James Ray: “So during the recording of [‘Mexico Sundown Blues’] we made and released ‘Giving Ground’. We then spent weeks on what was to be The Sisterhood’s second single, ‘This Corrosion’, but Eldritch decided he was going to use it to kickstart The Sisters Mk II.” 
Recording took place at Fairview Studios near Hull with in-house engineer John Spence. American vocalist Alan Vega, who had made friends with The Sisters in 1983, and undertook a solo tour through the UK and Europe during February and March 1986, recorded one version of the song, other vocal takes featuring James Ray and Andrew Eldritch are in existence as well. On 25 December 2006, former James Ray and the Performance member Carl Harrison uploaded a 9 minute Eldritch version of ‘This Corrosion’ (“I was recording in the same studio at the time”) on the internet, which is widely available since.
The projected 12 inch EP remained unreleased, instead the song “This Corrosion” in 1987 became The Sisters of Mercy’s comeback single.
“Gift” album (July 1986)
- Studio album by The Sisterhood
- Released 1986
- Recorded 1986
- Genre Proto-techno
- Length 38:46
- Label Merciful Release / RCA Music Ltd / Candelmaesse
- Producer Andrew Eldritch
- Singles from Gift
- “Giving Ground”
- Released: 1986
In March 1986, The Mission began negotiations with Phonogram Ltd. as WEA Records refused to release any material. So the band released the October 1985 demo tape in slightly re-recorded form as an independent single on 9 May 1986. The single (its b-side was titled “Wake (RSV)” as a nod to “Giving Ground (RSV)”) promptly entered the UK Indie Chart at no. 1. WEA Records had to release The Mission from their contract.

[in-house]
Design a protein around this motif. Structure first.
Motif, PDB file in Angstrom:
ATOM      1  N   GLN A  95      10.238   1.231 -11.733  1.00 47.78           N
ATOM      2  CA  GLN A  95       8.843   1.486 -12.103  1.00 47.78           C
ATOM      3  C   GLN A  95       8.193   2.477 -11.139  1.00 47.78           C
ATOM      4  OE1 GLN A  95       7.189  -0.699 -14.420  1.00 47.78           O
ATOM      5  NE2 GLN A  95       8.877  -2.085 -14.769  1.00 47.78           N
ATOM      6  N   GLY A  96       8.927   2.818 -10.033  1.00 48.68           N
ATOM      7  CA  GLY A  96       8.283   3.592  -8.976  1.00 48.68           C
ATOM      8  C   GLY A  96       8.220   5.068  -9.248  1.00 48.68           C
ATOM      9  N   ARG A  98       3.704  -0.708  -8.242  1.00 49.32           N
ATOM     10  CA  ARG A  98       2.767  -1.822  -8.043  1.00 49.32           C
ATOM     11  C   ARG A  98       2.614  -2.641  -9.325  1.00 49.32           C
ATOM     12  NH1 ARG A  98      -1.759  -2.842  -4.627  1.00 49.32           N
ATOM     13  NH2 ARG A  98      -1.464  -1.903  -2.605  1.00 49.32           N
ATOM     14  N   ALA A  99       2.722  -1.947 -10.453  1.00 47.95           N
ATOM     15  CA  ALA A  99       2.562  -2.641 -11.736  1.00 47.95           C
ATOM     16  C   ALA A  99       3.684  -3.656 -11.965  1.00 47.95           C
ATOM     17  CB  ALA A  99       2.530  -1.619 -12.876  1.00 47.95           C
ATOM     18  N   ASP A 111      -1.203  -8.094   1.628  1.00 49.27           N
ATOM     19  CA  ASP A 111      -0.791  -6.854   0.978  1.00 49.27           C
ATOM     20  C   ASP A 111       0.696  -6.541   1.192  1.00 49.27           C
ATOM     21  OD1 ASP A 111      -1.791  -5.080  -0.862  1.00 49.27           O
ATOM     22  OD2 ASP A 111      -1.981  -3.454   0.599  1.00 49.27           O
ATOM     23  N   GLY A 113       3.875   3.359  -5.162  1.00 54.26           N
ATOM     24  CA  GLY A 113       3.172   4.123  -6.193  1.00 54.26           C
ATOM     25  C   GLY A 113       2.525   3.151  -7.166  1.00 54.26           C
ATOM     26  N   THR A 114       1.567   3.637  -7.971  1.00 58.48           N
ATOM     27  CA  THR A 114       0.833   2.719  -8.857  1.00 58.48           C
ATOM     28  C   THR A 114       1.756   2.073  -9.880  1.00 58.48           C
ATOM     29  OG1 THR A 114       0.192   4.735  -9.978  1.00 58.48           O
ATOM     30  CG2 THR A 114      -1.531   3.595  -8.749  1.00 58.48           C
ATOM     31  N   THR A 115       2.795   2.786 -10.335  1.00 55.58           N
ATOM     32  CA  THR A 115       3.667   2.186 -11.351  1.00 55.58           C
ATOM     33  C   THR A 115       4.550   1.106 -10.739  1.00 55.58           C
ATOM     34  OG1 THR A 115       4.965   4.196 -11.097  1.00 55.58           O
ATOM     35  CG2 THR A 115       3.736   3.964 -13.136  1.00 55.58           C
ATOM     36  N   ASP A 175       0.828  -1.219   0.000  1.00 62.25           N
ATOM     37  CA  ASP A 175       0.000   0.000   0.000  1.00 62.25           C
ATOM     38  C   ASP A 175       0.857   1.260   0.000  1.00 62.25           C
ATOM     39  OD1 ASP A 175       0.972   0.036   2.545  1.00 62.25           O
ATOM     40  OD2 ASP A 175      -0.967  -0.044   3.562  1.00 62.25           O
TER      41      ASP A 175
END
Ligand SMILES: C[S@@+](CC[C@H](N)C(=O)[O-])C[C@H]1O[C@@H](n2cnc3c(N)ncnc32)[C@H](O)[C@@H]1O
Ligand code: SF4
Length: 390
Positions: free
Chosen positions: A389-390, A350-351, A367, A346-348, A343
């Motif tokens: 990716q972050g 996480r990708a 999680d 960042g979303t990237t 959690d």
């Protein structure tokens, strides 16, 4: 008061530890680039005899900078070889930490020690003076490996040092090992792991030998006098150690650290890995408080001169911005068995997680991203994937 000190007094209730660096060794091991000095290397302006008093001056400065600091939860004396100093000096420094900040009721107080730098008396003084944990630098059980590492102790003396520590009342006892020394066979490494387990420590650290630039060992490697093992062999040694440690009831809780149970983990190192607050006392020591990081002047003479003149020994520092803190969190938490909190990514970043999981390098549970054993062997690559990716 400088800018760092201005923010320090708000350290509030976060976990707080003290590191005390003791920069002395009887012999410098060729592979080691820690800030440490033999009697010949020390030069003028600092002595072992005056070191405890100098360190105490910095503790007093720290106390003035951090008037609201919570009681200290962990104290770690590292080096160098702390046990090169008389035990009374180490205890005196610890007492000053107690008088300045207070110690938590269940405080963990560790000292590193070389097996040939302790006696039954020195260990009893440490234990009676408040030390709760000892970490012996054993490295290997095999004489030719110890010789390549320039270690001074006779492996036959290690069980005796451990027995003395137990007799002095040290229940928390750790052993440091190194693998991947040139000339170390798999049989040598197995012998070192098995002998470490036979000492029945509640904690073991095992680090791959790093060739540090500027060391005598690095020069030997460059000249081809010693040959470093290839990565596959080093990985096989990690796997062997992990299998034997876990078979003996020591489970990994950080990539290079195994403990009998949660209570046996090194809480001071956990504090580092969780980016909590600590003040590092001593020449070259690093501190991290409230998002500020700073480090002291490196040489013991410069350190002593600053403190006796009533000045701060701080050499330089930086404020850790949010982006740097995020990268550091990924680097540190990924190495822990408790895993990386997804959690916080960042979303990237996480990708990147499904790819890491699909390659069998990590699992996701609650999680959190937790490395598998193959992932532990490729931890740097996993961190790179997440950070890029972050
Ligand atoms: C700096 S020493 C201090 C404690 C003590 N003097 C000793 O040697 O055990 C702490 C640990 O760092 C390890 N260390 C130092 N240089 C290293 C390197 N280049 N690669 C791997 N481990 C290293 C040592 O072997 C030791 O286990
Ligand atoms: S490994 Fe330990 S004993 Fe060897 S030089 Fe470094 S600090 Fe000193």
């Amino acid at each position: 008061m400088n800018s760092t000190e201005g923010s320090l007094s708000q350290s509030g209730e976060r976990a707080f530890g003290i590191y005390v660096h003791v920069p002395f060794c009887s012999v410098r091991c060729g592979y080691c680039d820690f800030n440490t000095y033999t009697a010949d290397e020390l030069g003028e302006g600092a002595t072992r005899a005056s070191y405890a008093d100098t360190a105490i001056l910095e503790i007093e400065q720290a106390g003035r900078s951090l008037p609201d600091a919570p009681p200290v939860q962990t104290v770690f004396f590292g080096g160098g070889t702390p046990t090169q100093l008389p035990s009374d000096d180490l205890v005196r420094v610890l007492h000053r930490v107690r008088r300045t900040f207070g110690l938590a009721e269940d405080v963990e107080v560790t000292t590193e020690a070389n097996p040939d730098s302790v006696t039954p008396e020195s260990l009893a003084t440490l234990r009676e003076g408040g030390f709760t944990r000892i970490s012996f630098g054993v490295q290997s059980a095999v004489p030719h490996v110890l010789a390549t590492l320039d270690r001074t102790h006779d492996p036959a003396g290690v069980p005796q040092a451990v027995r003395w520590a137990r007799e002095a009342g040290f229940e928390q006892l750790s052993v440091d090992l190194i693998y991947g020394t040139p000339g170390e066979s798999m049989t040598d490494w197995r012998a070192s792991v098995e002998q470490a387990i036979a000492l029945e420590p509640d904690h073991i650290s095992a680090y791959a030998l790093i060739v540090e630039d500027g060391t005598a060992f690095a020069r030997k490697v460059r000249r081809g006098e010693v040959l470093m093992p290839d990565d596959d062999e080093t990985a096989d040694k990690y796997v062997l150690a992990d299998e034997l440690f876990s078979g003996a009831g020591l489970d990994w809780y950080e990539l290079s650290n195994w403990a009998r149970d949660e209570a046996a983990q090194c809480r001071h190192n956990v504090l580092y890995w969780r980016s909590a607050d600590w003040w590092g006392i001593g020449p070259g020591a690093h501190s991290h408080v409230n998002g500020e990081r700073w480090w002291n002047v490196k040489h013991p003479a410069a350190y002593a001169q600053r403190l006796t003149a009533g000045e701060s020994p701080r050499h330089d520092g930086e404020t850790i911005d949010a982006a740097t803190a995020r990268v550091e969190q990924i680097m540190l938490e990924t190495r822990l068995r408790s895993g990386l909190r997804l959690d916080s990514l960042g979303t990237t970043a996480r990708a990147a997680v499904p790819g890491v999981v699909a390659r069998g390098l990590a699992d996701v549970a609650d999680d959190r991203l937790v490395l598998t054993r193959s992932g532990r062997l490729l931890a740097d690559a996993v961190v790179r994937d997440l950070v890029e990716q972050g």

Both Andrew Eldritch and The Mission still had a publishing contract with RCA Records from their days in The Sisters of Mercy. A sum of £25,000 for one studio album was payable for the year of 1986 in an Advance against royalties deal, so RCA decided to split up the money to the two concerned parties.
Eldritch decided to claim the whole sum for himself by being first to compose, produce and release a studio album, much in the same way as he did with the “Giving Ground” single. Again he didn’t appear as a vocalist, so he could release the album on his own label without having to offer it to WEA Records: “They thought it was great that I called myself The Sisterhood while they still had The Sisters of Mercy, so they didn’t have to back me at all. I had to put out the album on Merciful Release, but it gave me free rein.” 
Eldritch and Lucas Fox returned to Fairview Studios. Merciful Release office manager Boyd Steemson: “Basically, we had some extra tracks around, so Andrew quickly put some songs together.”